Coal leaders seek more vocal opposition to Obama
CHARLESTON, W.Va. -- Industry and political leaders on Tuesday launched a three-city tour they hope will generate more vocal opposition from West Virginians to Obama administration proposals to reduce coal's impacts on water and air quality, public health and global warming.
Officials from the West Virginia Coal Association and the United Mine Workers union joined with Rep. Shelley Moore Capito, R-W.Va., for the kickoff event, held at the Embassy Suites in Charleston.
"We put people in power to do what's best for us and what's best for West Virginia is coal," said Fred Tucker, a UMW representative and co-chairman of the Coal Forum, a taxpayer-funded group that is sponsoring the meetings.
Coal Forum officials displayed a series of computer slides titled "The War on Coal" and said U.S. Environmental Protection Agency initiatives regarding coal-ash disposal, water pollution and toxic air emissions amounted to a battle against the industry "waged on land, sea and air."
"We are totally over-regulated," said state Sen. Art Kirkendoll, D-Logan. "If you say we're not, you're telling a misnomer."
Coal Forum officials put together meetings in Charleston, Wheeling and Beckley with the help of Brown Communications, one of the public relations firms that helped create and continues to promote the industry front group FACES of Coal.
The forum was created by state lawmakers years ago and has held a variety of educational events, but has also helped to oppose tougher regulation of the industry under language in state law that authorizes it to conduct "coal advocacy programs." Over the last two years, lawmakers ordered the state board that's supposed to focus on technical safety issues to spend $60,000 on Coal Forum efforts.
Coal Association President Bill Raney acknowledged that state and federal numbers show an increase in coal jobs in West Virginia during the Obama administration and since the EPA began a crackdown on mountaintop removal.
"We're proud that we were hiring more people," Raney said. "We never complained or said anything negative about hiring more workers."
On Monday, during an appearance on the statewide MetroNews radio show Talkline, Coal Association Vice President Chris Hamilton indicated that additional scrutiny from regulatory agencies helped fuel the increase in mining jobs over the last three years.
"Part of the reason the employment is up is it's costing quite a bit more to mine a ton of coal and it's taking several more people than it did a couple of years ago," Hamilton said.
Data from the federal Mine Safety and Health Administration shows first-quarter 2012 employment in the coal industry in West Virginia at 24,500, the highest levels since 1992. Coal company officials point out that there's been a flurry of layoff announcements this year by some of the region's major coal producers, including Alpha Natural Resources, Arch Coal and Patriot Coal. Those figures could show up in state and federal employment figures released for the 2nd or 3rd quarters of 2012.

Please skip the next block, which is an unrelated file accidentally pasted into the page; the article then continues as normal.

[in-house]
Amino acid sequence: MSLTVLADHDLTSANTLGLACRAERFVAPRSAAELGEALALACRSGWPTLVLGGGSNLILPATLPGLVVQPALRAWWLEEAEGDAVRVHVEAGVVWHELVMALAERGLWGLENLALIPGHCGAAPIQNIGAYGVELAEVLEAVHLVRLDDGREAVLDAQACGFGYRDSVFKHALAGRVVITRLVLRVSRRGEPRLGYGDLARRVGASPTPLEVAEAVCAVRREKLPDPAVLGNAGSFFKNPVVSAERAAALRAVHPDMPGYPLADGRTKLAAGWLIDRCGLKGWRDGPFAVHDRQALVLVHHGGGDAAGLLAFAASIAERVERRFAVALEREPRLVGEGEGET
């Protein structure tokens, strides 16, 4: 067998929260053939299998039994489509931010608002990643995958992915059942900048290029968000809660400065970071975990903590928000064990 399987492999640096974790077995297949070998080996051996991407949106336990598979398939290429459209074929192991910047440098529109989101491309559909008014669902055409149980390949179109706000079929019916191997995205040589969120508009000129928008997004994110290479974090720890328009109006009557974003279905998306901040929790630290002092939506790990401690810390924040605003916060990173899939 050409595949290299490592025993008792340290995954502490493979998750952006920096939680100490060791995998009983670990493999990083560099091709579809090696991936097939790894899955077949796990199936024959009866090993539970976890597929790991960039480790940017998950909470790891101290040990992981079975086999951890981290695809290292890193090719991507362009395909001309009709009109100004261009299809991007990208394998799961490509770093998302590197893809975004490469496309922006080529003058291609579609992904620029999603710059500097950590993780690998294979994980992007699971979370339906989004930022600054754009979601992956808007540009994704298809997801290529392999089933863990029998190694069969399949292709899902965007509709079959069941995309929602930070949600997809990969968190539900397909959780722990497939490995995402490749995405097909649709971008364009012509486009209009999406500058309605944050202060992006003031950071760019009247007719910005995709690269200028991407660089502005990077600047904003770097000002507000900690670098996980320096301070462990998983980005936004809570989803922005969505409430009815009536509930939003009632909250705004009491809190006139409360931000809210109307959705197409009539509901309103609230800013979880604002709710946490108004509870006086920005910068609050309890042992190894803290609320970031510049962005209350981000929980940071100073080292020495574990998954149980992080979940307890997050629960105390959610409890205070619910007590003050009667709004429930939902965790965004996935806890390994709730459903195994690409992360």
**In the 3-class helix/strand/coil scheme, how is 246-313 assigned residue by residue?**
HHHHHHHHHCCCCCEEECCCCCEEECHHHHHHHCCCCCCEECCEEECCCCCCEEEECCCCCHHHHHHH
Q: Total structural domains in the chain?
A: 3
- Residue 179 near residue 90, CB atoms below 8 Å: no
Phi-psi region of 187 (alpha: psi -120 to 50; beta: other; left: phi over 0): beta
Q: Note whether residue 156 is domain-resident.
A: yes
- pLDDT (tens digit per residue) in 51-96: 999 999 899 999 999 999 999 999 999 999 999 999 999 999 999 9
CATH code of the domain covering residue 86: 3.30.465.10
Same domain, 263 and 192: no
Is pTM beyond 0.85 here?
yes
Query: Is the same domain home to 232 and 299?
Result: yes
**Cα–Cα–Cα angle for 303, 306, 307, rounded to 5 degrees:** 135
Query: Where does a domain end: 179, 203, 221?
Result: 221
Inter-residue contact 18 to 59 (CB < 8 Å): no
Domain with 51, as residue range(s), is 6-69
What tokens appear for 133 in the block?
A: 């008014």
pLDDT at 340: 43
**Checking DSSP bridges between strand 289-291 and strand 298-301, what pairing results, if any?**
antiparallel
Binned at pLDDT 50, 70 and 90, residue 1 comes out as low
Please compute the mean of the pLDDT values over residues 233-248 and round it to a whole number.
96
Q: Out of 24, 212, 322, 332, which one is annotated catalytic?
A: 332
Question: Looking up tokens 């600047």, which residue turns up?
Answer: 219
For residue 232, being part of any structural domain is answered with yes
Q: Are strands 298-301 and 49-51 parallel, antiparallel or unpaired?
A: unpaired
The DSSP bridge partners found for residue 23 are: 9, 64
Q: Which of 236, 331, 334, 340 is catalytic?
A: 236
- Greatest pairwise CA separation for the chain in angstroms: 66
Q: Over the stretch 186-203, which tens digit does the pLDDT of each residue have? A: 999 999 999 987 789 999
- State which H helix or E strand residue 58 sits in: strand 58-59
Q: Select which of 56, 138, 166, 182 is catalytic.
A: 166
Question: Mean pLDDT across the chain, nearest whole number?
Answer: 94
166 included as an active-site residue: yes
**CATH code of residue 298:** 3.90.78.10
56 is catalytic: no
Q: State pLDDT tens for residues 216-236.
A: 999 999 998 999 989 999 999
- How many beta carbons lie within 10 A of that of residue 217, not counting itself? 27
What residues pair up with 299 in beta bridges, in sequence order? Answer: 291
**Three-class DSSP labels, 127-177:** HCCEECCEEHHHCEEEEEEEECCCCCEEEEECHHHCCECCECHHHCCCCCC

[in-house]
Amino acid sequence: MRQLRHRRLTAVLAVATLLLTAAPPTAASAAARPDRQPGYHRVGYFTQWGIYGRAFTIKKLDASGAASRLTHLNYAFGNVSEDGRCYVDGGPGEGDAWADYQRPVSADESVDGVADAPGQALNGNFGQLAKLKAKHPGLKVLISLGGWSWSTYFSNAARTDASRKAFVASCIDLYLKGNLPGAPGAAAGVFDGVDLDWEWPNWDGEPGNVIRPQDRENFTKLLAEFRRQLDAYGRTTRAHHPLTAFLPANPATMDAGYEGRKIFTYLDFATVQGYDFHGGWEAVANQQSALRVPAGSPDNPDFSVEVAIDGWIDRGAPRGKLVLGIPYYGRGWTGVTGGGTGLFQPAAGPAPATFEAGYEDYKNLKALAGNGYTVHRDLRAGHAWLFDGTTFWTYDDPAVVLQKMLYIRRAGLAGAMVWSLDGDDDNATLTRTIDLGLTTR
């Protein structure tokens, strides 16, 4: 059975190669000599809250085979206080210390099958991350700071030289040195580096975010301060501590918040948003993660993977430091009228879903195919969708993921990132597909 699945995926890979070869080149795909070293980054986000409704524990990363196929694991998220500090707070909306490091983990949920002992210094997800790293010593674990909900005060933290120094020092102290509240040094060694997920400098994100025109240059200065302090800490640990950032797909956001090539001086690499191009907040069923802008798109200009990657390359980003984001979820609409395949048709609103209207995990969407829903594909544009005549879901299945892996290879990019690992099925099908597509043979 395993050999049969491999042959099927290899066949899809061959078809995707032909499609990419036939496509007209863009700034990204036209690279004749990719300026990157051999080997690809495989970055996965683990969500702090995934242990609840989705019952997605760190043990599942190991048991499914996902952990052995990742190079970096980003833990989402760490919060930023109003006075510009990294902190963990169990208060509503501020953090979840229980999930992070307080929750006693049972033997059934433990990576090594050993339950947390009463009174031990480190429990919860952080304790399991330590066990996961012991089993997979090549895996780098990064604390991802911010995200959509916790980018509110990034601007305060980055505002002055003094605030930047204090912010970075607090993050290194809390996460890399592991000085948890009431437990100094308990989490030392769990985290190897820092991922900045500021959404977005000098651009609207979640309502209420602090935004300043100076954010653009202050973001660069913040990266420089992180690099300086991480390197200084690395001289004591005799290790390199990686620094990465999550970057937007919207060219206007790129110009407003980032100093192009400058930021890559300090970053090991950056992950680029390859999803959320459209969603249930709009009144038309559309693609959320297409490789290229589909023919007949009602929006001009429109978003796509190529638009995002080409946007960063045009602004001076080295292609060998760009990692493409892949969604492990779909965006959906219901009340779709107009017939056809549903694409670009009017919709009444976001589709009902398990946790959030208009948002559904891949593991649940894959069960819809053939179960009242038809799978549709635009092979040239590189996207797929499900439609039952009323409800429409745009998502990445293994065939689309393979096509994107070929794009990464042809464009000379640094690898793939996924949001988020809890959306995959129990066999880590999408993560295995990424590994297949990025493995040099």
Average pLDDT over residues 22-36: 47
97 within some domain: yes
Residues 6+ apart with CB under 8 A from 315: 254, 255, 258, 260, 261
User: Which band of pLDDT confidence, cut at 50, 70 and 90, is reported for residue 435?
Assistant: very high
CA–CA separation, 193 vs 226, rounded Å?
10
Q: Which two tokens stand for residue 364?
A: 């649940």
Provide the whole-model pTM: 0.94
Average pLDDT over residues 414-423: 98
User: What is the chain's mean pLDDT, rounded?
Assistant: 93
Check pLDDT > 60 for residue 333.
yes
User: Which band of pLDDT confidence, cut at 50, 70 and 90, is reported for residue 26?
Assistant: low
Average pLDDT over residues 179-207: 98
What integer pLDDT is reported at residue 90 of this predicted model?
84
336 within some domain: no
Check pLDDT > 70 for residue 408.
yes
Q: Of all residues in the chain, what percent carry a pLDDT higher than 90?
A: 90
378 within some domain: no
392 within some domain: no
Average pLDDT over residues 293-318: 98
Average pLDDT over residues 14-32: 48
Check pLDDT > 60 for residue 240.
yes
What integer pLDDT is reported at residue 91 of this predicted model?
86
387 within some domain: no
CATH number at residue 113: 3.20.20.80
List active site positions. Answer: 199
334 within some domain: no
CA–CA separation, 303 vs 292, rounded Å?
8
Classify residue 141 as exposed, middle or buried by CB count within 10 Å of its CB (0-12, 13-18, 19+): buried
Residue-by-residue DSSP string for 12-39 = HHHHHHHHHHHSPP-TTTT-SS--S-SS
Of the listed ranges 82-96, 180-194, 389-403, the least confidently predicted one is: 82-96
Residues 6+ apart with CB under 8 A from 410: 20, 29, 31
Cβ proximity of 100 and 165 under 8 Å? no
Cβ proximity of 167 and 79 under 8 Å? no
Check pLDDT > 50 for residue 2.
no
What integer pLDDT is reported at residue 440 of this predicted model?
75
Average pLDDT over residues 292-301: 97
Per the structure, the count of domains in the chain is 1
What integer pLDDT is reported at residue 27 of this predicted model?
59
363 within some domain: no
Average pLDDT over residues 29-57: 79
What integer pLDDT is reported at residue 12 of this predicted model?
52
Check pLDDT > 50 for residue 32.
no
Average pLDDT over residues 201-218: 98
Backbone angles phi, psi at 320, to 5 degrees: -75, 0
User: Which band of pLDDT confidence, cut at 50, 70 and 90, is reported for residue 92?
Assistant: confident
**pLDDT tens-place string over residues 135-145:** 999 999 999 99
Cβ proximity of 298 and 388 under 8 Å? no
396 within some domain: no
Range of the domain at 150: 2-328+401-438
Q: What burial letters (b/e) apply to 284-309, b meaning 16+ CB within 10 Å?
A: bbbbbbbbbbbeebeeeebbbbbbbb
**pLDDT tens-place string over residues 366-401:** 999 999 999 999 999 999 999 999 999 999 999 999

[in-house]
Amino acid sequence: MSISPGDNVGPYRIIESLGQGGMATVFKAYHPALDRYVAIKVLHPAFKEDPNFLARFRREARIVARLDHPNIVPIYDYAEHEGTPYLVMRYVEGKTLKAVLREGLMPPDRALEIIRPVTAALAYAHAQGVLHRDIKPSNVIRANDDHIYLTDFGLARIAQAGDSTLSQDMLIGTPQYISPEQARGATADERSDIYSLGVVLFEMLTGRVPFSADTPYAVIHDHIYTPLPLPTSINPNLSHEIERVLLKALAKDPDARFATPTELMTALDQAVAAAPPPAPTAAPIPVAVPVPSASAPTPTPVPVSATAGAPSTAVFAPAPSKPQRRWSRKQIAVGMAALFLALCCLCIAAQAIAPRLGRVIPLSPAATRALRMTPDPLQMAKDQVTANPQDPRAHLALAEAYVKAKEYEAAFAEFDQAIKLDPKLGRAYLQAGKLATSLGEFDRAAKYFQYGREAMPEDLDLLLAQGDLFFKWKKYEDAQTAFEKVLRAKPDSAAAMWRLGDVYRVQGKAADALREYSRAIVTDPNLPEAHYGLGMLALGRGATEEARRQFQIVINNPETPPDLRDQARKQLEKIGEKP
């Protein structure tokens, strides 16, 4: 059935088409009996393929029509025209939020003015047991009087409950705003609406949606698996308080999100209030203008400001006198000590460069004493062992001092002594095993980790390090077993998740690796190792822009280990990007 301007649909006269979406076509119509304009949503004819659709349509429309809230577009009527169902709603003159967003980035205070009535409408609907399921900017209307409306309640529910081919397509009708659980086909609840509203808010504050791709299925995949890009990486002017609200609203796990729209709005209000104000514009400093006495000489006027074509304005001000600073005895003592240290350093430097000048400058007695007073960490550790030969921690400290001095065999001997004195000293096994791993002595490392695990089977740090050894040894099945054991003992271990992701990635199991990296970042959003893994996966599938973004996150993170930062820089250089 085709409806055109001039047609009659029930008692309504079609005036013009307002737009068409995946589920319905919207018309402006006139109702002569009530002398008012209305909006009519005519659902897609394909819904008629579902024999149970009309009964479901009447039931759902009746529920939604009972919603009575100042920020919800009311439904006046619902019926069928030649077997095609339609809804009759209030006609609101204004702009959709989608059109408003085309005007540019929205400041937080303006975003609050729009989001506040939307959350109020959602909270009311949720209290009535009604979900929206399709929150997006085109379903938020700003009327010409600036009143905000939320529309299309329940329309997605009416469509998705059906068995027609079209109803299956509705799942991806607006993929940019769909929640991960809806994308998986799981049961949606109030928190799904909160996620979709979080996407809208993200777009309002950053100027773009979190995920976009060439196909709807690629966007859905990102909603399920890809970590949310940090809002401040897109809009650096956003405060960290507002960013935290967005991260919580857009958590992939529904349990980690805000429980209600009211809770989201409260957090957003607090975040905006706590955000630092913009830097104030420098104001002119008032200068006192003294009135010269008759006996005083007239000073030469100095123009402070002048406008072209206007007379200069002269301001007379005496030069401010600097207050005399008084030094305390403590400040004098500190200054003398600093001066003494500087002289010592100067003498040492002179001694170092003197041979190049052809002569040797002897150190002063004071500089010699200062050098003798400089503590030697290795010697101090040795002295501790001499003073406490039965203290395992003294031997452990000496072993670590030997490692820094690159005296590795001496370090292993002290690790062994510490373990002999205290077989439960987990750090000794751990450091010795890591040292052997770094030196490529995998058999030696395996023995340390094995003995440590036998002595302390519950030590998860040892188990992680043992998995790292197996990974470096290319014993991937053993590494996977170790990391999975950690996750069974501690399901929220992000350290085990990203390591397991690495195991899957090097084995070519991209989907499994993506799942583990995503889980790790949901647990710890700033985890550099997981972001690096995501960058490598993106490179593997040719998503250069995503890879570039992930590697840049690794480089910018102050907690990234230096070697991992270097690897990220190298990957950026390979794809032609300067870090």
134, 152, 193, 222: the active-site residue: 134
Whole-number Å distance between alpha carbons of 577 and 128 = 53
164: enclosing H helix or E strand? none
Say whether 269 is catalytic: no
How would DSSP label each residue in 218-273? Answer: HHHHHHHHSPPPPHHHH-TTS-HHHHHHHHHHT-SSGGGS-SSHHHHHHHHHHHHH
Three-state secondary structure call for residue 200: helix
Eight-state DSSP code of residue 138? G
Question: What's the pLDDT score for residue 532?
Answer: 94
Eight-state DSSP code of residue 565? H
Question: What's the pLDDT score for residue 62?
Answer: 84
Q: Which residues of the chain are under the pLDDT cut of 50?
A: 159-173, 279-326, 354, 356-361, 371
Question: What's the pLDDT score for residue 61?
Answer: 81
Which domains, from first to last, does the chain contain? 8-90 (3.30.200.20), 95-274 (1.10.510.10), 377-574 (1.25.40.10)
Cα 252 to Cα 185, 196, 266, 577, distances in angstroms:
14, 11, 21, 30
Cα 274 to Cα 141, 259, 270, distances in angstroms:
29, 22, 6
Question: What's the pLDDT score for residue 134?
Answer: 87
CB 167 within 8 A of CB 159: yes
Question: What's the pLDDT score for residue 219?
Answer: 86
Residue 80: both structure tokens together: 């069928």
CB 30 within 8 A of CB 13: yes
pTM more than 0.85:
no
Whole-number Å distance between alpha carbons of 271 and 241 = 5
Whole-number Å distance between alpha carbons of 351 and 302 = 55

Several speakers at the Coal Forum event cited outdated figures that suggested coal provides nearly half of the nation's electricity supply. More recent data from the U.S. Department of Energy shows that coal's share has been declining for years, was down to 42 percent last year and is projected to drop to 36 percent in 2012, largely because of competition from low-priced natural gas.
Promotional materials from the Coal Forum cited EPA's mountaintop removal crackdown and the federal Office of Surface Mining's rewrite of the stream "buffer zone rule" as impediments to coal production. But industry officials and political leaders who spoke focused on three EPA air pollution rules: The cross-state emissions rule, the first-ever restrictions on mercury and other air toxics, and EPA's proposal to limit greenhouse gas emissions from coal-fired power plants.
"Clean air and clean water do not stand alone in this country, not with power generation being essential to the way we live our lives," said Kelley Goes, a spokeswoman for Sen. Joe Manchin.
UMW lobbyist Bill Banig said that, in proposing its rules, EPA was not acting alone, but as a "direct result of court decisions." Congress last rewrote the Clean Air Act in 1990, Banig said, and EPA is still working to implement the law 22 years later.
Banig said, "it's an understatement to say" the UMW is disappointed with the Obama administration's proposals, but he added that the air pollution and global warming issues raised by the EPA initiatives aren't going away.
"Administrations come and go, but these issues stay," Banig said.
UMW officials are supporting efforts in the Senate to delay implementation of both the cross-state pollution rule and EPA's rule on mercury and other toxic air emissions, Banig said.
Coal Forum officials were touting a report that they said indicated the EPA's proposal to limit greenhouse emissions would essentially ban any new coal-fired power plants that did not have equipment to capture carbon dioxide emissions.
But the report, by an economist with the firm Bloomberg Government, said that the EPA proposal "probably wouldn't shift current investment patterns in the power sector. Natural gas-plants already have a compelling price advantage."
Reach Ken Ward Jr. at firstname.lastname@example.org or 304-348-1702.